Calculating how much money you need to raise for an early-stage startup is challenging because of all the unknowns. But the success of your startup often hinges on how accurately you judge the amount you need. As Bryan Stolle, Founding Partner at Wildcat Venture Partners, has pointed out, overestimating and underestimating both have pitfalls. Because seed money is so expensive (due to the significant risk you’re asking investors to take on), raising too much has several disadvantages, including giving up more control than you need to. On the other hand, raising too little can end up costing you even more in the long run as you encounter cash flow emergencies. Here’s a 4-step method you can use to know how much capital to raise for your startup.
1. Brainstorm a List of Costs
Start by brainstorming a list of costs. Include the costs associated with every part of running the business. Your list will be unique, but here are a few things to consider:
- Market research
- Product development
- User testing
- Customer service
- Office, warehouse, manufacturing space
2. Look at Similar Businesses
Are you sure you included every cost in your initial list? One way to identify costs that didn’t immediately come to mind is to look at the startup costs of businesses similar to yours (but who aren’t going to see yours as competition). To learn this information, you’ll need to talk with the founders or team members who were involved in the financials from the beginning. While you’re asking about their initial estimates and if they were accurate, also be sure to ask for any advice they could pass along.
3. Identify Your Milestones and Associated Costs
Remember that different costs will occur during different timeframes. Although looking at similar businesses will be helpful in catching costs you may have missed, outlining your milestones and their associated costs will give you a customized timeline for how long each of those expenses will run. For example, your milestones may include launching an MVP, onboarding enough users to prove product/market fit, launching an iterated V2, and building a leadership team with x roles, with each of those milestones running x number of weeks.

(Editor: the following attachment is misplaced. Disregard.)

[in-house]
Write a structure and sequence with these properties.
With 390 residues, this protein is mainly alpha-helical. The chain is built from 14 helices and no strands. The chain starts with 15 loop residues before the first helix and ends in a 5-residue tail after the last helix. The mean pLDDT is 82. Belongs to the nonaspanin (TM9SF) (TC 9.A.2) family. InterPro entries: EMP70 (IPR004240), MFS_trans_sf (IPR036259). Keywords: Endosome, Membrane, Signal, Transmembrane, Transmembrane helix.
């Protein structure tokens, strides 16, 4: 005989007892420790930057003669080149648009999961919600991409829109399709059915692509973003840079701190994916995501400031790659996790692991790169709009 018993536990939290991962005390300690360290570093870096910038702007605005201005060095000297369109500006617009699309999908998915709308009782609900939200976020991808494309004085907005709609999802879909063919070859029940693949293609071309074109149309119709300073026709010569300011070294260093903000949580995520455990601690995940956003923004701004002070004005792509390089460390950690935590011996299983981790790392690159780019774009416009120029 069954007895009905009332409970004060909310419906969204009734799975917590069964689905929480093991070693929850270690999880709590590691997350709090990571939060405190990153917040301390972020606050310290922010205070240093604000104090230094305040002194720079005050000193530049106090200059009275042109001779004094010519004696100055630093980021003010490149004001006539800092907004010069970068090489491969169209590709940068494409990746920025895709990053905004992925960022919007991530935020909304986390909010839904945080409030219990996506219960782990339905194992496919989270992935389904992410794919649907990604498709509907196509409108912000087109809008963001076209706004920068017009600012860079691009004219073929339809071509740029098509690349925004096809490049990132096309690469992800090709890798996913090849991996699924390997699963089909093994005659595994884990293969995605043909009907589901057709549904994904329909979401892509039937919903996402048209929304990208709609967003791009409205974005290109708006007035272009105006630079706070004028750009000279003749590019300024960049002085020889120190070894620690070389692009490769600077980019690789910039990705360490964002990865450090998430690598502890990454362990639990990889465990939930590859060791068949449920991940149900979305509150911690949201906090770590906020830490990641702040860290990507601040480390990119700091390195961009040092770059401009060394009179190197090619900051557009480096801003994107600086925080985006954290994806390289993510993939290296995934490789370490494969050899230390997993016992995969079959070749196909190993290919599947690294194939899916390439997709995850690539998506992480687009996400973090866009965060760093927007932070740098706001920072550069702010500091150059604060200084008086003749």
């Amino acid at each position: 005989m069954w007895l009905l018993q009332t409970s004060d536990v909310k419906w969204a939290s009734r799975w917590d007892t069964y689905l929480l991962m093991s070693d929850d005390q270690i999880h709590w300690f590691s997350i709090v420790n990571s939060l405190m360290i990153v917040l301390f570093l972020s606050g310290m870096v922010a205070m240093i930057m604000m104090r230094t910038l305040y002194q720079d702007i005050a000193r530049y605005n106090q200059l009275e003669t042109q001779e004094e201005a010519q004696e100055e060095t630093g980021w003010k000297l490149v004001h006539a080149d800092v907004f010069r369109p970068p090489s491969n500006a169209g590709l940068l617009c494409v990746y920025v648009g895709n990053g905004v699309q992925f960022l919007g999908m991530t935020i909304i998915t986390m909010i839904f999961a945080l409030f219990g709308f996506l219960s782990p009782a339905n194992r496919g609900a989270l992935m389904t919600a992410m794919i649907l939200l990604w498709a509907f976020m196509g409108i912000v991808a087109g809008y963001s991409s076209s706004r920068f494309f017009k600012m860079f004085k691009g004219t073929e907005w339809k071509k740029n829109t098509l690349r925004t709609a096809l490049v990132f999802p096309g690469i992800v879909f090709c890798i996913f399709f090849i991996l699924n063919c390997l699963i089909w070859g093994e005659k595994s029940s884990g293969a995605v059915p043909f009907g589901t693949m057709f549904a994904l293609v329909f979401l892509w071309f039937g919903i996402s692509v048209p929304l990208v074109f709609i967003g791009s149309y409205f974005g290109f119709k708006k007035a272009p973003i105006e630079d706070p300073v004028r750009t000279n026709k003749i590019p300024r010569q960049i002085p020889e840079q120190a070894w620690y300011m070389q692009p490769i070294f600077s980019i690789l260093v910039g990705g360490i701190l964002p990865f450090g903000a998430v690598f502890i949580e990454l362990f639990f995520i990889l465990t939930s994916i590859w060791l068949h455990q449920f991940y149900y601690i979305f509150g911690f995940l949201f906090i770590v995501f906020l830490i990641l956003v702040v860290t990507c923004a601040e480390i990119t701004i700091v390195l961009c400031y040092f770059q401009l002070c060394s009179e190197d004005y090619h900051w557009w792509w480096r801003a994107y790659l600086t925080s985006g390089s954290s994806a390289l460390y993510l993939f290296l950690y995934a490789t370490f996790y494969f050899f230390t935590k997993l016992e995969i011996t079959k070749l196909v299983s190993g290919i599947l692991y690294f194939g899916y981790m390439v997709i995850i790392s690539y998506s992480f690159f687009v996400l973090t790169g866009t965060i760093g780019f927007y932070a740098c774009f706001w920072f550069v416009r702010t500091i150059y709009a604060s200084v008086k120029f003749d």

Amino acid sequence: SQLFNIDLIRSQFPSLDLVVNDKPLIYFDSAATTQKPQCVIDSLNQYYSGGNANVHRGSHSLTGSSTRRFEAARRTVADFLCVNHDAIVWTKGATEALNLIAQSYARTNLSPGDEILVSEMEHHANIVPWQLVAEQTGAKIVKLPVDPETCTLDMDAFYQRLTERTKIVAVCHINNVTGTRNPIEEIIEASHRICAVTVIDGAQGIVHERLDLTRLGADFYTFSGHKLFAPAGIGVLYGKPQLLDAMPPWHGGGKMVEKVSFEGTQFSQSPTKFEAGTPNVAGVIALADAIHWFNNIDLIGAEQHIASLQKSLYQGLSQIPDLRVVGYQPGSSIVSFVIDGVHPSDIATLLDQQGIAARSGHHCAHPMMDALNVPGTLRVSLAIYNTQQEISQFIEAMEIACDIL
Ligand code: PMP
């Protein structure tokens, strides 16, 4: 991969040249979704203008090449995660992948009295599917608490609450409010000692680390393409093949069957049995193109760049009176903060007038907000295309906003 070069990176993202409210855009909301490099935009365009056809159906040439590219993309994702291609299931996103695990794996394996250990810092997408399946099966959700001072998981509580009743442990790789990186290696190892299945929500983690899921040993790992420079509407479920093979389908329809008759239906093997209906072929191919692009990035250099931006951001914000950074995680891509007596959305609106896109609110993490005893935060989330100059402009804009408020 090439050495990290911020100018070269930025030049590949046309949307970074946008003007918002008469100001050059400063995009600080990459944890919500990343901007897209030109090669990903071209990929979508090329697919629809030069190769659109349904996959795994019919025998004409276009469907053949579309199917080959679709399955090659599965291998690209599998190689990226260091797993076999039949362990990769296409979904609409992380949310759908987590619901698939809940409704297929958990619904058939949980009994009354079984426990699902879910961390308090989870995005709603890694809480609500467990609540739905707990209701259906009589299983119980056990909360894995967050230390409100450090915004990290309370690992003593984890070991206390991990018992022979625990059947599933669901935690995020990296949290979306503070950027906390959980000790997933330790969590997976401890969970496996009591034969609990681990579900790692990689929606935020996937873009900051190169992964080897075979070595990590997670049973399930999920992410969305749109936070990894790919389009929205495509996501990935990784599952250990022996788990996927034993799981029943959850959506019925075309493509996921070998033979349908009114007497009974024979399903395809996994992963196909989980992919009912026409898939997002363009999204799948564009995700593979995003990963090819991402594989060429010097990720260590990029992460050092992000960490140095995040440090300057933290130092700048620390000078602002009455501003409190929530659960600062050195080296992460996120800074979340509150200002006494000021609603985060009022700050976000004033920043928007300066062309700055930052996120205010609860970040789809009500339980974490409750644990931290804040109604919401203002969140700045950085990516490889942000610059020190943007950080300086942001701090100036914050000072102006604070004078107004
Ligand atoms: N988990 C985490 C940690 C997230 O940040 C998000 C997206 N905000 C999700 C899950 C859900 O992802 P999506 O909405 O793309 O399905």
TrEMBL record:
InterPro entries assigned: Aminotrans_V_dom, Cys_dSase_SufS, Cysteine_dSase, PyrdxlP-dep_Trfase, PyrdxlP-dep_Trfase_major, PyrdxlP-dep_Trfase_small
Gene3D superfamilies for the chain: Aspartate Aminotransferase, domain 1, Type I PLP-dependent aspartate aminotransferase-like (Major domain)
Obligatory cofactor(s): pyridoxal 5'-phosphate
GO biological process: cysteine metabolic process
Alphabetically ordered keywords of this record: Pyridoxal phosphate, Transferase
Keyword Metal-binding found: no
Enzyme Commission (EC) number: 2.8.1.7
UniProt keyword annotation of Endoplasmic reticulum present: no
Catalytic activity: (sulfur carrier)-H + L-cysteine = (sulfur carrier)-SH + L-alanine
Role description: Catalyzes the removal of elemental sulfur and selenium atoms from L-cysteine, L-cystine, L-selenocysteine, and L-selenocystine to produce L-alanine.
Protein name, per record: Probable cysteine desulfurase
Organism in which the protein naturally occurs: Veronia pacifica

4. Create Your Spreadsheet of Costs
Once you’ve gone through the three steps above, you should be ready to create a spreadsheet of costs organized by category. Using a spreadsheet format will allow you to run a variety of scenarios to see how adjusting different elements will impact the amount you’ll need. Don’t forget to include a buffer to account for errors in your estimates. Experts recommend adding a buffer of anywhere between 25% to 50%.
It’s smart to get feedback on your spreadsheet once you’re confident it’s as accurate as you can make it. Industry experts and people with companies using a similar business model will often be able to help you identify blind spots.
Investors Want to See that You Know How Much Capital to Raise for Your Startup
When you’re pitching, investors will want to see that you have a clear idea of how much you need. They typically don’t like to see extremely wide ranges because a range that’s too wide indicates that you haven’t really thought through your costs. Investors know that your estimates are just that — estimates. But they need to see that you have a carefully-thought-through game plan based on reality.
Want to learn how we help startups think through all the angles of their idea, including funding? Ask about our SolutionLab workshops.